The CFIB survey found that 34% of respondents were behind on their major bills such as rent, credit card bills and critical suppliers, that number is 47% in the hospitality sector.  More than 25% said that their biggest worry was having to close their business, they are borrowing money to keep going but are building up debt that is going to be difficult to pay down.  In addition they have the costs associated with the changes necessary to operate their business post lockdown.

Though it is doom and gloom for many businesses, due to a change in consumer behaviour there are some business that are thriving, including home-gym products, those selling renovation products on-line, hobby shops and bike shops but these businesses are in the minority.

From an article by Ethan Rotberg CPA Canada

How to Manage your Personal Finances During the Pandemic

By Randall Orser | Budget , Covid-19 , Personal Finances

The Covid-19 pandemic is causing financial stress for most Canadians as they are seeing their income reduced or eliminated and they are wondering how they will be able to pay their bills.

All levels of government have implemented emergency response plans including financial support and many financial institutions have stepped up to help by allowing people to defer payments and avoid penalties.  Here are some ways that you can reduce the financial impact of Covid-19.

The federal government started the $107 billion Covid-19 Emergency Economic Response Plan, with $52 billion direct support for employers and workers and $55 billion in tax deferrals for workers and businesses. Other financial assistance to families include:

  1.  A one-time increase to the GST tax benefit and increases to the Canada Child Benefit.
  2. A six-month interest free moratorium on the repayment of student loans'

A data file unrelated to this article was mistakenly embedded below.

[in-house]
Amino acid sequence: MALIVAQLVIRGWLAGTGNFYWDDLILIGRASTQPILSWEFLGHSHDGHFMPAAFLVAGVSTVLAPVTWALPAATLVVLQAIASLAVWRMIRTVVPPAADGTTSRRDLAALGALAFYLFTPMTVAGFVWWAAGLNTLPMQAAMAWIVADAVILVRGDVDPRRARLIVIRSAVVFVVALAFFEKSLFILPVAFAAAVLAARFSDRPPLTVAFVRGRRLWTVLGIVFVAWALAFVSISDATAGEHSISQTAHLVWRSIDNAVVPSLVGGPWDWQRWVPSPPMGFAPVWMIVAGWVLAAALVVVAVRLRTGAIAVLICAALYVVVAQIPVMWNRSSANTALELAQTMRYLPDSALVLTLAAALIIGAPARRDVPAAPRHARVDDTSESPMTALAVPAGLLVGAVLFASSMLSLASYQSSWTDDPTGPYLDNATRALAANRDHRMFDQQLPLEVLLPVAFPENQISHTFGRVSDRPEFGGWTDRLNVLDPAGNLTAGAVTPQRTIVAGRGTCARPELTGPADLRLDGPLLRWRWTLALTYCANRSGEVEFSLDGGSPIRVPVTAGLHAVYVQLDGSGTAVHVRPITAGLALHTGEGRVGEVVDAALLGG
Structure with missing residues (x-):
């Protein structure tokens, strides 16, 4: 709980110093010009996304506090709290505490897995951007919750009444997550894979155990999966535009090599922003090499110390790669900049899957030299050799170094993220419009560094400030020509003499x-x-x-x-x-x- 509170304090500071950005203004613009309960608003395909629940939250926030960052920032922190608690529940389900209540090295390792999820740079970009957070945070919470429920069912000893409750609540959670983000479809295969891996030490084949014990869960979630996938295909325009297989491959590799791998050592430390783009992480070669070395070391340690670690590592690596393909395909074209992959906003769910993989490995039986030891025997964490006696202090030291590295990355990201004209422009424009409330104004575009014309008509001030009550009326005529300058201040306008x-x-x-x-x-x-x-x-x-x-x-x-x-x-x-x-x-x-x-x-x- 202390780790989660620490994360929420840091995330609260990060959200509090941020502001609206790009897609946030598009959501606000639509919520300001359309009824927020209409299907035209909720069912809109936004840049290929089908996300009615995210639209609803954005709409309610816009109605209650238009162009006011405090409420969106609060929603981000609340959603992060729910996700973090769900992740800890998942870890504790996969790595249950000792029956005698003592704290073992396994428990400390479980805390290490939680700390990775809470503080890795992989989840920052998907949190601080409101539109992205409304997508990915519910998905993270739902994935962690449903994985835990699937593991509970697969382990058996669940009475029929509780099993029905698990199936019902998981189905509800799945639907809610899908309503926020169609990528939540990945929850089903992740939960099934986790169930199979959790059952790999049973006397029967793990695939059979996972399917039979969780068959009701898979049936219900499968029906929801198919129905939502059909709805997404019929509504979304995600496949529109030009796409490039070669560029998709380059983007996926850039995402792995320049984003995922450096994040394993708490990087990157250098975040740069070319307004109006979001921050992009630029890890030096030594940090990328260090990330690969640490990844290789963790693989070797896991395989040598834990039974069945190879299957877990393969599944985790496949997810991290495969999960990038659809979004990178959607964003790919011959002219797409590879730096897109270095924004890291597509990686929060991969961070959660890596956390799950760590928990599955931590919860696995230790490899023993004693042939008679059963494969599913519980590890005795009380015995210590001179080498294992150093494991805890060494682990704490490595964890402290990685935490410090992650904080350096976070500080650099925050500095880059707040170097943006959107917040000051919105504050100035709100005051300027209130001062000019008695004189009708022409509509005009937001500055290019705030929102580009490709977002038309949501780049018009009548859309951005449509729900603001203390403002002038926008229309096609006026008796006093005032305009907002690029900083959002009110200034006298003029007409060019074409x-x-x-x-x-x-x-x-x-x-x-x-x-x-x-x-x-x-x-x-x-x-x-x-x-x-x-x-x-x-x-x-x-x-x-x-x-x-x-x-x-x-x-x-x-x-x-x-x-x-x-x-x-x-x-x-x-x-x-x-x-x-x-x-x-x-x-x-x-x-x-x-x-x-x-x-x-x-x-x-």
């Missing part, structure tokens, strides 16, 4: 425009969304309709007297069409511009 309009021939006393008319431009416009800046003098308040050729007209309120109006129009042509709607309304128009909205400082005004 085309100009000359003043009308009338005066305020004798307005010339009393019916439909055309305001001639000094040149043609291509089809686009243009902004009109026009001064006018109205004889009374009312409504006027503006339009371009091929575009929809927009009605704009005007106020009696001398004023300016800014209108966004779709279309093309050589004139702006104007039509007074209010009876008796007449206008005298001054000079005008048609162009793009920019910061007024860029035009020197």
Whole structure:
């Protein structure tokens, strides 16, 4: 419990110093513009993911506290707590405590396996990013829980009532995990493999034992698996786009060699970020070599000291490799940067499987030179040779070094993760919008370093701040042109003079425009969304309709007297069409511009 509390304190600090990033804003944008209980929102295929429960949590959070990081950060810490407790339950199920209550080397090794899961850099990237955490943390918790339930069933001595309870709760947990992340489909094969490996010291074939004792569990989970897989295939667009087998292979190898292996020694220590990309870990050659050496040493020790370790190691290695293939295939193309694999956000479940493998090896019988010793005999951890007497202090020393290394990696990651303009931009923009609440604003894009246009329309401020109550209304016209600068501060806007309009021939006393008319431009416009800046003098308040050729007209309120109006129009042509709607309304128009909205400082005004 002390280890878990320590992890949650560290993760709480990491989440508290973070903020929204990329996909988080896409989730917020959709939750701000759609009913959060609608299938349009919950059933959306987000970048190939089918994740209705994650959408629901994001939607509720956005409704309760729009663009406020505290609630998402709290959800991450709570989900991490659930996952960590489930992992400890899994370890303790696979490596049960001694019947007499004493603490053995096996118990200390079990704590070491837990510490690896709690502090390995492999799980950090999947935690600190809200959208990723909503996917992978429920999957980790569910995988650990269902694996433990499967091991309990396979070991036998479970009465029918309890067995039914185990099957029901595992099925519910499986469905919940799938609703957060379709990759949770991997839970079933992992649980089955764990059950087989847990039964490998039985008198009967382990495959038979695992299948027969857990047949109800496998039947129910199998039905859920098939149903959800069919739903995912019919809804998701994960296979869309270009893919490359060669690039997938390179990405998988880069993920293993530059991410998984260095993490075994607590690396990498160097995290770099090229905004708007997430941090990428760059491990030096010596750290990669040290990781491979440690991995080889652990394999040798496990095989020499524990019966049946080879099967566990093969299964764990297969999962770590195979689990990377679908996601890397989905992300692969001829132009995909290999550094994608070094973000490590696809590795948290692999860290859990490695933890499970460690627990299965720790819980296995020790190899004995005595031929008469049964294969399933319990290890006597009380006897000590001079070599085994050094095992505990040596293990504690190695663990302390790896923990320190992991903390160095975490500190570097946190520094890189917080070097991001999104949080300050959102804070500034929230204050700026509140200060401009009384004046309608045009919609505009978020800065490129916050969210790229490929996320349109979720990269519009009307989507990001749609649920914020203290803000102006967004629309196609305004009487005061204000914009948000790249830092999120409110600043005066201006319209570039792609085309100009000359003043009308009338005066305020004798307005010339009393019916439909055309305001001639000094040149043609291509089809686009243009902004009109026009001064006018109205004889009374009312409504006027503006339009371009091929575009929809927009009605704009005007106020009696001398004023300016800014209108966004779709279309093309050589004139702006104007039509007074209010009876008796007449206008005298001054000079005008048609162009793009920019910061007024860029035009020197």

3. A 25% reduction in minimum withdrawals from a RRIF and variable benefit payments under a RRSP to help reduce the impact of volatile markets on senior's retirement savings.
  4. There are additional benefits to Canadians available from their province and municipality and they should visit the relevant websites for more details.
  5. Financial institutions are offering deferrals of mortgages up to six months for some customers as well as loans and relief on credit card payments and interest.

What can Canadians do to help themselves financially during the pandemic?

  • If you need to borrow money make sure that you consider the interest rates and how you will repay the loan, do not dig yourself too far into debt that it will be difficult to get out of once the pandemic is over.
  • If you have to tap into your emergency funds do it strategically, maximize all income sources first, create a more stringent budget and spending plan then consider tapping into your savings if you need to.  Always start with cash funds and TFSA's as you will not have to pay tax on that income and withdraw RRSP's on non-registered tax investments as a last resort.
  • If you are still working making saving money a priority after you have covered your necessary expenses this will help you should your job become affected.
  • Maximize help programs from utility companies that can include lower rates, deferred payments and flexible payment plans to assist residents and companies.  Many cell phone providers have removed data caps on internet and data plans and waived countrywide long distance fees.  They are also offering flexible payment plans.
  • Consider which bills you can eliminate such as subscriptions to digital services or retailers, and monthly donations.

It is important to continually assess your financial situation and if you can make changes that will help you to be more prepared for the future.

From an article by Sophie Nichols Jones